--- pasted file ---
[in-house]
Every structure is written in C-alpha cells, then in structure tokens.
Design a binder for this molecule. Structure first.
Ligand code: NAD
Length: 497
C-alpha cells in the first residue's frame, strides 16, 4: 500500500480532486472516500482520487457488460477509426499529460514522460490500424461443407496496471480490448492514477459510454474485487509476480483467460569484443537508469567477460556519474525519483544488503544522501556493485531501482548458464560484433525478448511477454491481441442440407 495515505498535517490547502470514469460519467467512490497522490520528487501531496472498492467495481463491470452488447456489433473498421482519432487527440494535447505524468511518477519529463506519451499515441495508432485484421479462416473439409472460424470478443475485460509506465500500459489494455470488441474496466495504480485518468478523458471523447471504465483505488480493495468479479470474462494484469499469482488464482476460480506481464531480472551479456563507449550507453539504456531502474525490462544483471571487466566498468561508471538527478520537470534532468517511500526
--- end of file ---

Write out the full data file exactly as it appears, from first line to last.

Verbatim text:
[in-house]
Every structure is written in C-alpha cells, then in structure tokens.
Design a binder for this molecule. Structure first.
Ligand code: NAD
Length: 497
C-alpha cells in the first residue's frame, strides 16, 4: 500500500480532486472516500482520487457488460477509426499529460514522460490500424461443407496496471480490448492514477459510454474485487509476480483467460569484443537508469567477460556519474525519483544488503544522501556493485531501482548458464560484433525478448511477454491481441442440407 495515505498535517490547502470514469460519467467512490497522490520528487501531496472498492467495481463491470452488447456489433473498421482519432487527440494535447505524468511518477519529463506519451499515441495508432485484421479462416473439409472460424470478443475485460509506465500500459489494455470488441474496466495504480485518468478523458471523447471504465483505488480493495468479479470474462494484469499469482488464482476460480506481464531480472551479456563507449550507453539504456531502474525490462544483471571487466566498468561508471538527478520537470534532468517511500526